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How Do We Know God Is Real and the Bible Is True?

The question of "How do we know?" is a question that does not cross our minds very often (unless you are a philosopher!); yet, it is a very important question.

  • William O. Einwechter,
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The question of "How do we know?" is a question that does not cross our minds very often (unless you are a philosopher!); yet, it is a very important question.1 In approaching the question, we need to understand that each of us has developed a particular view about the nature of reality that is based upon an ultimate standard of interpretation. That is, each of us interprets (gives meaning to) the "facts" of the world by an appeal to that which each one believes to be the ultimate criterion for determining reality. This process of judging the facts takes place, we might say, automatically, so it is not usually something of which we are conscious.

On the basis of a standard, we all interpret the data that comes to us individually and categorize it as right or wrong, good or bad, true or false, helpful or unhelpful, desirable or undesirable, etc. This is what is meant when we say that we interpret the "facts" of our experience. The resulting interpretation of the particulars we encounter is what we call knowledge. We know that something is what we believe it to be because our ultimate standard for determining knowledge tells us that it is so. Therefore, all of our presumed knowledge is actually based upon that which we presuppose as the final arbiter of reality. This presupposition, or first-principle, is our supreme faith-commitment; that is, we believe that our chosen standard is the best and most reliable one.2 This presupposition is the starting point of all of our thinking and the basis for all of our predication of all our affirmations as to the quality, nature, or attributes of a thing (fact).3 So even though most of us have not given a lot of thought to this matter of an ultimate standard of interpretation, we all have one. And we all, consciously or unconsciously, interpret all the particulars we experience from the basis of an all-controlling presupposition.

That our starting point, our basic presupposition, is all-important, is evident: if it is sound, our interpretation will be sound; if it is false, our interpretation of the facts will be defective. The goal, therefore, is to have the right presupposition. But what is the right presupposition; what is the proper standard of interpretation; what is the unfailing faith-commitment that will lead us to true knowledge? Men have different answers to this question. For example, the rationalist says that human reason is the standard. The empiricist says that it is sensory experience. The hedonist says that it is pleasure. The pragmatist says that it is the thing that works. The irrationalist says there is no ultimate standard because all is pure chance, pure contingency. The religionist says that it is his religion. The Christian says that it is the God of the Bible. In the midst of all this babble, how does the Christian know that God is real and the Bible is true, and that, therefore, all other presuppositions are false?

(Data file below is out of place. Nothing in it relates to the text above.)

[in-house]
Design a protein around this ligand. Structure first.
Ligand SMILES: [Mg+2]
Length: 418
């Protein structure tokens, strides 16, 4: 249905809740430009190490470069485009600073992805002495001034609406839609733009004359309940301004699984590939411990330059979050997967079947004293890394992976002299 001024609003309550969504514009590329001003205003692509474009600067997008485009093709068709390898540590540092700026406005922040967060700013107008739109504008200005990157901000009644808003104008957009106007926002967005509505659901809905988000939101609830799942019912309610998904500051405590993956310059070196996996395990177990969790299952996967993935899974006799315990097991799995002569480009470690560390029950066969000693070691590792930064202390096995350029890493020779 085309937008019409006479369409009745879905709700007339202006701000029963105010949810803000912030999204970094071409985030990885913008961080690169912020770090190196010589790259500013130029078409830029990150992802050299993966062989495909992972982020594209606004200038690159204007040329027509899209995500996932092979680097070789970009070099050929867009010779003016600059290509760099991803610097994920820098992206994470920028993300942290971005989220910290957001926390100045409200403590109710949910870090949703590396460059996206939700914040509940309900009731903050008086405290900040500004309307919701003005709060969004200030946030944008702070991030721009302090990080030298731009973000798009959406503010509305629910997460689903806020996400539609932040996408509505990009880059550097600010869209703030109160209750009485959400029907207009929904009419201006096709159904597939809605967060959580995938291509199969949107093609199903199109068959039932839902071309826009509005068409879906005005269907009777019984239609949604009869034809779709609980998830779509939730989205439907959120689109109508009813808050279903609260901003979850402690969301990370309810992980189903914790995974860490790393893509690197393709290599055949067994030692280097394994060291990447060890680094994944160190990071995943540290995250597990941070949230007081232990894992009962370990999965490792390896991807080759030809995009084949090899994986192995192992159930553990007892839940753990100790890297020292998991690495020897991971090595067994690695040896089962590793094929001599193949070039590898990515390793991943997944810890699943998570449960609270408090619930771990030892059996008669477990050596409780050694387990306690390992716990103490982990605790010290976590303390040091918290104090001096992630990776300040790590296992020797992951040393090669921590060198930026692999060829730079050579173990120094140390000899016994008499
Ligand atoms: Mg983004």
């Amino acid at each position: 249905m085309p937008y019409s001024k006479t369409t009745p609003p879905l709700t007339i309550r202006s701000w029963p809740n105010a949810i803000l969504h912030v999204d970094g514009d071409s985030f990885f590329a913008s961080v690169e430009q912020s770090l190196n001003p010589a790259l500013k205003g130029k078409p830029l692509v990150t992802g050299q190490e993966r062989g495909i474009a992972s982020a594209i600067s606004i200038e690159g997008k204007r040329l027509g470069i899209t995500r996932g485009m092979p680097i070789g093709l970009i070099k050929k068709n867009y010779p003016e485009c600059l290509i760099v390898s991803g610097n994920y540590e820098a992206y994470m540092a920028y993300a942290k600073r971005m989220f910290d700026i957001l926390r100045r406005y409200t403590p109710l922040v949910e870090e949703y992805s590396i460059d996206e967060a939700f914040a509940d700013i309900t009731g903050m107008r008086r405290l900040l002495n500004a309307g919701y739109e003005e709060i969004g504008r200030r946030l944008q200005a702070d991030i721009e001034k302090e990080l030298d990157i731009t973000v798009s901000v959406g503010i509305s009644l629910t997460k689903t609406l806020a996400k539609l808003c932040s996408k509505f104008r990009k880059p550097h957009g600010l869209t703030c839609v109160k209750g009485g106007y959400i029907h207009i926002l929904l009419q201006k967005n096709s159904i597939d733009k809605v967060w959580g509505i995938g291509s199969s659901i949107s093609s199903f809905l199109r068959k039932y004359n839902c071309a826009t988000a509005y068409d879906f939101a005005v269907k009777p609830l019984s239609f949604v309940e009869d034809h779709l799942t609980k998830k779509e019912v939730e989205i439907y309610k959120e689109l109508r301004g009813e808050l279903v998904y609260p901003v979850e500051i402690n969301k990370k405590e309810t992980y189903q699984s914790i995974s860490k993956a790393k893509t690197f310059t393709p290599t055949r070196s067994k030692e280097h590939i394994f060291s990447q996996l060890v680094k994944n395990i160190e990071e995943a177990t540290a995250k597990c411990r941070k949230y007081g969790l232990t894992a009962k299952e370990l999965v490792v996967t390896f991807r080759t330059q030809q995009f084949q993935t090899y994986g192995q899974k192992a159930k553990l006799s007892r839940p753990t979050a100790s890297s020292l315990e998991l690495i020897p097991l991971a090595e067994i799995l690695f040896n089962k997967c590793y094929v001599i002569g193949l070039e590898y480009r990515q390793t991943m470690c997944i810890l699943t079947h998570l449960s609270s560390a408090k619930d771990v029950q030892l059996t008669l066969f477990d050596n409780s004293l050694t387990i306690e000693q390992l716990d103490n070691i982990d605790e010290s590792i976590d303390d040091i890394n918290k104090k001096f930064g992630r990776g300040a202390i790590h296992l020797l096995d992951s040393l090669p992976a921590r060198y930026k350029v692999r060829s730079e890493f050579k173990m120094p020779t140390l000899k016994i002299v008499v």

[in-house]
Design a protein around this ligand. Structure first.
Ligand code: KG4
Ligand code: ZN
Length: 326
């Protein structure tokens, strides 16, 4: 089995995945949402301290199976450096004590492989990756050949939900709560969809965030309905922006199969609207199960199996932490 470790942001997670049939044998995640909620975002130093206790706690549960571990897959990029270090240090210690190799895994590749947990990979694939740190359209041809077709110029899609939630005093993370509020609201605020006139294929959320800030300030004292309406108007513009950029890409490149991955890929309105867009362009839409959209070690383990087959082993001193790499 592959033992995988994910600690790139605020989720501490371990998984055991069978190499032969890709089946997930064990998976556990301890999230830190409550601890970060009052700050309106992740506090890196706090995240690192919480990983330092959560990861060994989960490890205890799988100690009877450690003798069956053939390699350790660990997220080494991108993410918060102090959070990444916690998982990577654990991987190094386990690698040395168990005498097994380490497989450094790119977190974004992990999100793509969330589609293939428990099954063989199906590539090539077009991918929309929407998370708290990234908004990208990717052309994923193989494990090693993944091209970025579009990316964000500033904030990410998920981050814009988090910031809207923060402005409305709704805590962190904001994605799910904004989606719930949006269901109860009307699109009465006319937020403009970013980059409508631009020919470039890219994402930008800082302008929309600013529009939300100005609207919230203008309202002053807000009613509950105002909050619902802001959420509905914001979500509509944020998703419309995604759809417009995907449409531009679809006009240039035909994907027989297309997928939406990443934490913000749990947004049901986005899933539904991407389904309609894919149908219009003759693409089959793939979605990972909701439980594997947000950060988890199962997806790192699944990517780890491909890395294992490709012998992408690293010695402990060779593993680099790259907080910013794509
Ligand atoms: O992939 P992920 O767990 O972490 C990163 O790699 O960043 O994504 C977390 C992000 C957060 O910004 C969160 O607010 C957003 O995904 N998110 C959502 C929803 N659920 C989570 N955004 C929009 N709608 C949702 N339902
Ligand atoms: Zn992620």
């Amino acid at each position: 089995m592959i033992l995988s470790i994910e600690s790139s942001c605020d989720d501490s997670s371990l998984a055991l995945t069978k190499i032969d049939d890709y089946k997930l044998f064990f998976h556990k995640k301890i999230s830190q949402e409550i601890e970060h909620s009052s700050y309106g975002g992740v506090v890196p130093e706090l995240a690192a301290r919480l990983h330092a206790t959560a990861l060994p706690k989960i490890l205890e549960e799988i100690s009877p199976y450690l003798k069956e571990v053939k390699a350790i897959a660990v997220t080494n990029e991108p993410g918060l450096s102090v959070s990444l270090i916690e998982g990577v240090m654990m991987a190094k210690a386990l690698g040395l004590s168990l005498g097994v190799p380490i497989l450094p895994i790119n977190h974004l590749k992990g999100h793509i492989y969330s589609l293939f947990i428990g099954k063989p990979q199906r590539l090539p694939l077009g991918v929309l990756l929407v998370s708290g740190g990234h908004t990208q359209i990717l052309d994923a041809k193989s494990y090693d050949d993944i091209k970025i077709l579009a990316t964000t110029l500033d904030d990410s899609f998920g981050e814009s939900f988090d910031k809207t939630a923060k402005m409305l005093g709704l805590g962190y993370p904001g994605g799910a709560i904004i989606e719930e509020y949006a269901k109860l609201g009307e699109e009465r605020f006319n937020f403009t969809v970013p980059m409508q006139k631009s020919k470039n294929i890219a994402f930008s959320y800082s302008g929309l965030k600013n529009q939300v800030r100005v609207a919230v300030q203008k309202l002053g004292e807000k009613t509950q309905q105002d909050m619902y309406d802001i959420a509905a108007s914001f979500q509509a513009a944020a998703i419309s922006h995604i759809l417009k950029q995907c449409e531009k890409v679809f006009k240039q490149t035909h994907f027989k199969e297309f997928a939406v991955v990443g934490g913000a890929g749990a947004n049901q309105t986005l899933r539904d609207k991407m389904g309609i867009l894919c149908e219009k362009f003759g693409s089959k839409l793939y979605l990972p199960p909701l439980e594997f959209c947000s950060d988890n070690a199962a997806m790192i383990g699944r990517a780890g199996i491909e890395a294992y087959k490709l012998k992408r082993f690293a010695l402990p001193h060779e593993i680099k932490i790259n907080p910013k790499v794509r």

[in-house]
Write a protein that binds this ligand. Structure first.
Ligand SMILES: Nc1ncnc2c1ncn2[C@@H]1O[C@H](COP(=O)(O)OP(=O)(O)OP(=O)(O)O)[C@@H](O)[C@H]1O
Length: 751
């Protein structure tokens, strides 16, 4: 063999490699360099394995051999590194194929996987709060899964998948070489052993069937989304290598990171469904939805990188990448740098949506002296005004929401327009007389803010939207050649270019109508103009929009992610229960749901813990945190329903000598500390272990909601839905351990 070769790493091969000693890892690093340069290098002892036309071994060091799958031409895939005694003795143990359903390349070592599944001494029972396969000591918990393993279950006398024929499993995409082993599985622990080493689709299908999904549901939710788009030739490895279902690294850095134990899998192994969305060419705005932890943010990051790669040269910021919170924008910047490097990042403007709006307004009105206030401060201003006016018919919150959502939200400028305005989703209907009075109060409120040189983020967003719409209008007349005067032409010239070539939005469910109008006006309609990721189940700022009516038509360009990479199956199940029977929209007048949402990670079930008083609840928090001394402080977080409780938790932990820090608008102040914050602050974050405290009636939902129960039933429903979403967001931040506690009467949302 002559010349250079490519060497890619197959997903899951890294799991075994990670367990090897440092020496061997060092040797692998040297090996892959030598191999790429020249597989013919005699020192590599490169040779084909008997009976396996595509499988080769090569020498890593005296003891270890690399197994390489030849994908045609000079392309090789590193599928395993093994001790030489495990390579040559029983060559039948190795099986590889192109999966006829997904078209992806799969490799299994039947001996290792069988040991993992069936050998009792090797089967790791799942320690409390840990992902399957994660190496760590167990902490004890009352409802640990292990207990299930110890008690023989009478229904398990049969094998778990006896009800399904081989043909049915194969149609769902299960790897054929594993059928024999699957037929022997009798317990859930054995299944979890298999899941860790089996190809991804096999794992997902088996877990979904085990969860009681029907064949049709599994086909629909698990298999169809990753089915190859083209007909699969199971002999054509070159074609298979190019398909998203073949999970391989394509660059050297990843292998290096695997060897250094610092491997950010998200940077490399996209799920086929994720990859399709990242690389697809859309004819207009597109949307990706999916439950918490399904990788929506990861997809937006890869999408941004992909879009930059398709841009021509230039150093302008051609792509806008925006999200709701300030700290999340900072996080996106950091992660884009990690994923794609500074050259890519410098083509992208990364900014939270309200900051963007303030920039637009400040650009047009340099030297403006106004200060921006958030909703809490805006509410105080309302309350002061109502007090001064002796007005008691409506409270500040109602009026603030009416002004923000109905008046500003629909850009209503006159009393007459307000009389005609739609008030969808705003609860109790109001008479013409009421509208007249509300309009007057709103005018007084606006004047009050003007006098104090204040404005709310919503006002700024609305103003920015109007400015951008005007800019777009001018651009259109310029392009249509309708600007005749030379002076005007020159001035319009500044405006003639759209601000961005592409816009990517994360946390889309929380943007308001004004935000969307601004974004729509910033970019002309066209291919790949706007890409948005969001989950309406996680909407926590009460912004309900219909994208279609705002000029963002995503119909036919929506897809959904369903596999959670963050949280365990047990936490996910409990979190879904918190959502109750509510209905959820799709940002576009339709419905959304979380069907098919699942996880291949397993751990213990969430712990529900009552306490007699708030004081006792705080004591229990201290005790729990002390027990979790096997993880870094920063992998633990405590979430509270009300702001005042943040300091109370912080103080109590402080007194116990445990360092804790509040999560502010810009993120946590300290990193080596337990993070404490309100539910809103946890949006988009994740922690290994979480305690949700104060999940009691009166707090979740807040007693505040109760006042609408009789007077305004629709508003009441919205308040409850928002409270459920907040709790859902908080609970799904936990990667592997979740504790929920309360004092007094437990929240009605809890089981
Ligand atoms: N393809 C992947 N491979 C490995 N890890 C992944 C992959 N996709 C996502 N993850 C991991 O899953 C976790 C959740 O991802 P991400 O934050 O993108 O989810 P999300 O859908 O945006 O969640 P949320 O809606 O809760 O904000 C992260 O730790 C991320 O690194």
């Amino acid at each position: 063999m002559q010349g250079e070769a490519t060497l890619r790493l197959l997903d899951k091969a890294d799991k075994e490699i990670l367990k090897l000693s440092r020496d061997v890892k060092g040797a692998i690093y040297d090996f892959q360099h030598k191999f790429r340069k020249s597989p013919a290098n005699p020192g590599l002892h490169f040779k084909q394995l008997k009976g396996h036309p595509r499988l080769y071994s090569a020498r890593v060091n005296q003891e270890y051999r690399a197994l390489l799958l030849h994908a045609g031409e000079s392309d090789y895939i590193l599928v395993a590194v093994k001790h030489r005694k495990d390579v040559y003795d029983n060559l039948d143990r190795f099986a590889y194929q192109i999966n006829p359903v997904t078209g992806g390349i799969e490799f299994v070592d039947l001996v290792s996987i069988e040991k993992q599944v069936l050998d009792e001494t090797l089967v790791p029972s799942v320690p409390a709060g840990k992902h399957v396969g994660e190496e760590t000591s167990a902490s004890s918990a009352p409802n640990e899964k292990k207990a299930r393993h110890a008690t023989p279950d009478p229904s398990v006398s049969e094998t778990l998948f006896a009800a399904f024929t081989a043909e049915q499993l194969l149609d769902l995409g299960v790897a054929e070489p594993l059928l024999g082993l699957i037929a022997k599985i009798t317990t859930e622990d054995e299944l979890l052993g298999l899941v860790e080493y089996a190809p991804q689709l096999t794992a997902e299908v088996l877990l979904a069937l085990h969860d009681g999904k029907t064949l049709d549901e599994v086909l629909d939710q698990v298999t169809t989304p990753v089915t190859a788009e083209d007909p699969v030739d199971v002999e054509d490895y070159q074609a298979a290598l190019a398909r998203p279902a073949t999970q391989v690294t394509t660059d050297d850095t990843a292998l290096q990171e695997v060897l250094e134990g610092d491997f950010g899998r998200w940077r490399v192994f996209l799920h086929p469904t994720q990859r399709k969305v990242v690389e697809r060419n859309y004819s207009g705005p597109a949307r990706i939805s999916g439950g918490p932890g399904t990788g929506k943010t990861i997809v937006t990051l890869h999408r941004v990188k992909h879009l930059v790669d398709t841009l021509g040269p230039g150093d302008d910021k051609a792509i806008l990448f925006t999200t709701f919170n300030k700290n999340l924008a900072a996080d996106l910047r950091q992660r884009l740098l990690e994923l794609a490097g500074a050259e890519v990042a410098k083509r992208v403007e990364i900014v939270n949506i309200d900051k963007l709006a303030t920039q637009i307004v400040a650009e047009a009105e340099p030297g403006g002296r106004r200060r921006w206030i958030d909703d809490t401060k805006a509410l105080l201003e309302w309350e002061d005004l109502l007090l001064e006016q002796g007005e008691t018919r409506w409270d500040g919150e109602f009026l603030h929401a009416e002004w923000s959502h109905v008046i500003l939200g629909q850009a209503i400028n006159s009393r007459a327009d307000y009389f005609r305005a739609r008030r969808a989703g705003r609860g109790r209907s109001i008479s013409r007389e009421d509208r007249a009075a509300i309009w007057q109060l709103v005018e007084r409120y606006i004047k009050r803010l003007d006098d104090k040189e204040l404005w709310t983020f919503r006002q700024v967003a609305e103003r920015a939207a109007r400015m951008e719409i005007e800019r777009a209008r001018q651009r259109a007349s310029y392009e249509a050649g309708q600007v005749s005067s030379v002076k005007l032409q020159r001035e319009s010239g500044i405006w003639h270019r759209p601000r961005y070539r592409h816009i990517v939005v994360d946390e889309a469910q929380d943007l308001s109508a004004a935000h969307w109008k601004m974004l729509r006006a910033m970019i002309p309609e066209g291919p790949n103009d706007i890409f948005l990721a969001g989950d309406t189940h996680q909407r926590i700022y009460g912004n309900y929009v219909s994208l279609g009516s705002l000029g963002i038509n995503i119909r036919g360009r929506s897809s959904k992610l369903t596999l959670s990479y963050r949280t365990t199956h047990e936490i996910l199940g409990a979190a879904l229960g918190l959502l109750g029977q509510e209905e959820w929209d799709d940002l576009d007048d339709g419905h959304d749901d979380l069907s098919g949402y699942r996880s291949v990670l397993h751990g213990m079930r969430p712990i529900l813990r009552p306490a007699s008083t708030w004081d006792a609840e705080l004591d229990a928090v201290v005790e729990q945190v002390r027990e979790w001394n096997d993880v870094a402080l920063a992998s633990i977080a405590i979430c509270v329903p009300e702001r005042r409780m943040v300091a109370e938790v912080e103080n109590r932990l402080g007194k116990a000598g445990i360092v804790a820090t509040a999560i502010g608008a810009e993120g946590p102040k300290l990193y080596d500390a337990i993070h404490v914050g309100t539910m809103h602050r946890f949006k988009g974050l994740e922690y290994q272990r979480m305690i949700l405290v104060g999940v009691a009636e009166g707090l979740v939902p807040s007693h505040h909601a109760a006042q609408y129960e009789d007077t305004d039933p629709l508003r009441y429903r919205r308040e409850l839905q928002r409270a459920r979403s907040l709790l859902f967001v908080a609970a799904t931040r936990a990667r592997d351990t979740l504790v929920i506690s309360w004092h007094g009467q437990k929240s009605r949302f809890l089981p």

In the quest for the right first-principle of knowledge, the matter of authority is an inescapable concept. Who has the authority to determine the nature of reality? Who has the warrant to say, "This is the first-principle of knowledge"? When you get down to it, there are really only two possible sources of authority, two possible standards in the sphere of epistemology: God or man. Either God is ultimate, or man is ultimate. You either begin with the transcendence of God as Creator, and of His absolute right to determine the meaning for all facts and the standards for all conduct, or you begin with autonomous man and his categorical right to define meaning and establish standards of action that suit him. Either God is the judge and interpreter of reality, or man is the judge and interpreter of reality.

This leads to a second factor. If man is the authority, then the instrumentality for interpretation is his own mind and intellect his own reason. But if God is the authority, then the means for interpretation must be revelation; that is, God must make His mind known to man in some understandable and verifiable way so that man can think God's thoughts after Him and interpret the facts of the universe in accordance with God's sovereign will and purpose. The orthodox Christian is not in doubt as to Who is the authority and what is the instrumentality of interpretation. The Christian believes in Almighty God as the Creator of all things and the Sovereign Determiner of all facts, and that the Bible is the revelation of God to man (it is the Word of God) so that man might understand God's creation, man's place in it, and the nature and meaning of all things.